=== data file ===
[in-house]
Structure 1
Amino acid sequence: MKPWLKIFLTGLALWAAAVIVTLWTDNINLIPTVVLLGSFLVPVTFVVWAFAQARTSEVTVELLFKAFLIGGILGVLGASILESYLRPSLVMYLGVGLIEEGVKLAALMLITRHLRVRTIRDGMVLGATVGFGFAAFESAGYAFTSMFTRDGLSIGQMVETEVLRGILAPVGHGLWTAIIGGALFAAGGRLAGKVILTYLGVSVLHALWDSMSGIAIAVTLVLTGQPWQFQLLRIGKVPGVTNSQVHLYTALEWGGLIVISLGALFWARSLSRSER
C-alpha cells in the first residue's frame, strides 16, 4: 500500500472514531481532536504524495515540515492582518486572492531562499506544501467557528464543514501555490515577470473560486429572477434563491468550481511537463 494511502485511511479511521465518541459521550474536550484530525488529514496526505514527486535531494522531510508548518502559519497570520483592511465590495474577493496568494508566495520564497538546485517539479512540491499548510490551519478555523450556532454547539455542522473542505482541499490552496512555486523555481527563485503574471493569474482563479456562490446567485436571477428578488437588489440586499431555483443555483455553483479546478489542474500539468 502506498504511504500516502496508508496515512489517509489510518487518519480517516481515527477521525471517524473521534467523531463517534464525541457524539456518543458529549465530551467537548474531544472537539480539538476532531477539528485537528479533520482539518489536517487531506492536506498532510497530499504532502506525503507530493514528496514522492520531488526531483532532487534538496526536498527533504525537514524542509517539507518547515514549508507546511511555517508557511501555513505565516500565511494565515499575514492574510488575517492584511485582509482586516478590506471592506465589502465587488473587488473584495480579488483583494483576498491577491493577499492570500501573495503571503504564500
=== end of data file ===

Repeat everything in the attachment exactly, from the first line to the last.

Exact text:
[in-house]
Structure 1
Amino acid sequence: MKPWLKIFLTGLALWAAAVIVTLWTDNINLIPTVVLLGSFLVPVTFVVWAFAQARTSEVTVELLFKAFLIGGILGVLGASILESYLRPSLVMYLGVGLIEEGVKLAALMLITRHLRVRTIRDGMVLGATVGFGFAAFESAGYAFTSMFTRDGLSIGQMVETEVLRGILAPVGHGLWTAIIGGALFAAGGRLAGKVILTYLGVSVLHALWDSMSGIAIAVTLVLTGQPWQFQLLRIGKVPGVTNSQVHLYTALEWGGLIVISLGALFWARSLSRSER
C-alpha cells in the first residue's frame, strides 16, 4: 500500500472514531481532536504524495515540515492582518486572492531562499506544501467557528464543514501555490515577470473560486429572477434563491468550481511537463 494511502485511511479511521465518541459521550474536550484530525488529514496526505514527486535531494522531510508548518502559519497570520483592511465590495474577493496568494508566495520564497538546485517539479512540491499548510490551519478555523450556532454547539455542522473542505482541499490552496512555486523555481527563485503574471493569474482563479456562490446567485436571477428578488437588489440586499431555483443555483455553483479546478489542474500539468 502506498504511504500516502496508508496515512489517509489510518487518519480517516481515527477521525471517524473521534467523531463517534464525541457524539456518543458529549465530551467537548474531544472537539480539538476532531477539528485537528479533520482539518489536517487531506492536506498532510497530499504532502506525503507530493514528496514522492520531488526531483532532487534538496526536498527533504525537514524542509517539507518547515514549508507546511511555517508557511501555513505565516500565511494565515499575514492574510488575517492584511485582509482586516478590506471592506465589502465587488473587488473584495480579488483583494483576498491577491493577499492570500501573495503571503504564500